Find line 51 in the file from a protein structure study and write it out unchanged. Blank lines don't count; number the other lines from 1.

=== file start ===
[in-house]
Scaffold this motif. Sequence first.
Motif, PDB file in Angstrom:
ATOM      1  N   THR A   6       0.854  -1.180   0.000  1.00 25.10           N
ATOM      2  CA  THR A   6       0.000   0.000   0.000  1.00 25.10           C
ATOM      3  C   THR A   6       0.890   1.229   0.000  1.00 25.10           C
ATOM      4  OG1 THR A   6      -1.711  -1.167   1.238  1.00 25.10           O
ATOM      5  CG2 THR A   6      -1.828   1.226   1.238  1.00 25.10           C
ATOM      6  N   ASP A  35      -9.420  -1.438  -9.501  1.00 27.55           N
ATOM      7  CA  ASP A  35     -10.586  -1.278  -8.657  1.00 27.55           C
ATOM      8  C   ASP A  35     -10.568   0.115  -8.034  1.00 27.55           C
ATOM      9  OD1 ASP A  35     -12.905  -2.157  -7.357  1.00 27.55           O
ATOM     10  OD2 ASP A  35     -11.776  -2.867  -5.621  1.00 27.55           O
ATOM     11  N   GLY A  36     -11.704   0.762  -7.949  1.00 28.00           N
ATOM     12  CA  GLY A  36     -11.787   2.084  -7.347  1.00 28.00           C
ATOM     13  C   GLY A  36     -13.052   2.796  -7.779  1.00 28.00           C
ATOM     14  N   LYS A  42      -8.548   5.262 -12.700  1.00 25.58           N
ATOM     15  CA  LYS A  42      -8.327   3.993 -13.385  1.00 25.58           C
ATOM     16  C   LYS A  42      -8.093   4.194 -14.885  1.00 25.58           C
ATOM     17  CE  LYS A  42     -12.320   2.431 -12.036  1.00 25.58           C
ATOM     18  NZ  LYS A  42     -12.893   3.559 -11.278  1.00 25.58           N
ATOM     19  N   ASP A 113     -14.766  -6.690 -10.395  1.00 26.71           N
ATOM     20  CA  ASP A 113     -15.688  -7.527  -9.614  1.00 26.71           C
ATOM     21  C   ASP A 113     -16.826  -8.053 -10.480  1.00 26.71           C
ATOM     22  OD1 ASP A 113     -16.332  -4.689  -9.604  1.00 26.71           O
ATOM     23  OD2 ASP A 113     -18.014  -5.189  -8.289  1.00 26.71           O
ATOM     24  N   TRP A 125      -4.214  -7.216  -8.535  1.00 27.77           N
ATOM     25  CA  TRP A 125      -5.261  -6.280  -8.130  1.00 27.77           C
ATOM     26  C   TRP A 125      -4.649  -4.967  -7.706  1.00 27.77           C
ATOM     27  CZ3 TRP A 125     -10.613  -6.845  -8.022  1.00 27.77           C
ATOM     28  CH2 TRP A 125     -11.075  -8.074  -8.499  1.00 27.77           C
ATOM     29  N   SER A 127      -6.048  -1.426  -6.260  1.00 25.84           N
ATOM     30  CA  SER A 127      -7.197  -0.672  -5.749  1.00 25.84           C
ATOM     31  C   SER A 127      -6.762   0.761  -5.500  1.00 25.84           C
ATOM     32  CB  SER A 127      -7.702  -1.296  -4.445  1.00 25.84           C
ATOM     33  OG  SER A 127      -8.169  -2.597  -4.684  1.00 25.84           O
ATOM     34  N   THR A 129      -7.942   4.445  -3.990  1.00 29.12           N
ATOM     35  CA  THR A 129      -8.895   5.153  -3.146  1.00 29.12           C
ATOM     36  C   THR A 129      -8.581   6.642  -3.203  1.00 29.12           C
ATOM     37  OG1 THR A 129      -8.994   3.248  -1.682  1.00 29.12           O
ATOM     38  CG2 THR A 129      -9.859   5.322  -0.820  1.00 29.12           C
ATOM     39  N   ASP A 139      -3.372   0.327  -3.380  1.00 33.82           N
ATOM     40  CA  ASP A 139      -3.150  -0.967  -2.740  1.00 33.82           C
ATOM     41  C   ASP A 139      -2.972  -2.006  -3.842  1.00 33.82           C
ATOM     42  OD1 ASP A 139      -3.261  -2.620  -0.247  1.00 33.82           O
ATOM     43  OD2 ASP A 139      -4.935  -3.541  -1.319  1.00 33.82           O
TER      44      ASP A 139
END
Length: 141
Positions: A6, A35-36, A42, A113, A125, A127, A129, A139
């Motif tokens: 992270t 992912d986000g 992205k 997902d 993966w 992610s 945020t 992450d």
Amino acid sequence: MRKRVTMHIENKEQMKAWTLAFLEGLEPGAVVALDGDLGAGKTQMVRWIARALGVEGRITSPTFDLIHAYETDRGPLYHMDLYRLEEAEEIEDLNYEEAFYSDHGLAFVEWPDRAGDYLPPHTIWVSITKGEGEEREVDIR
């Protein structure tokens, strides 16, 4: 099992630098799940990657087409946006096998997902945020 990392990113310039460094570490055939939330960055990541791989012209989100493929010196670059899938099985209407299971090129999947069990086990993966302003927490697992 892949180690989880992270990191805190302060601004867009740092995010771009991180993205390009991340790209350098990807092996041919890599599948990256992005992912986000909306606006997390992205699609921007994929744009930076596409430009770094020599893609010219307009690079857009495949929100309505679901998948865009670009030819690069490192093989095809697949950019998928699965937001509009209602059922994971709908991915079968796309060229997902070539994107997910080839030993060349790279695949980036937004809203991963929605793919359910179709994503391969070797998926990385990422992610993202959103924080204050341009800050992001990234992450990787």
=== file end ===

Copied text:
């Motif tokens: 992270t 992912d986000g 992205k 997902d 993966w 992610s 945020t 992450d």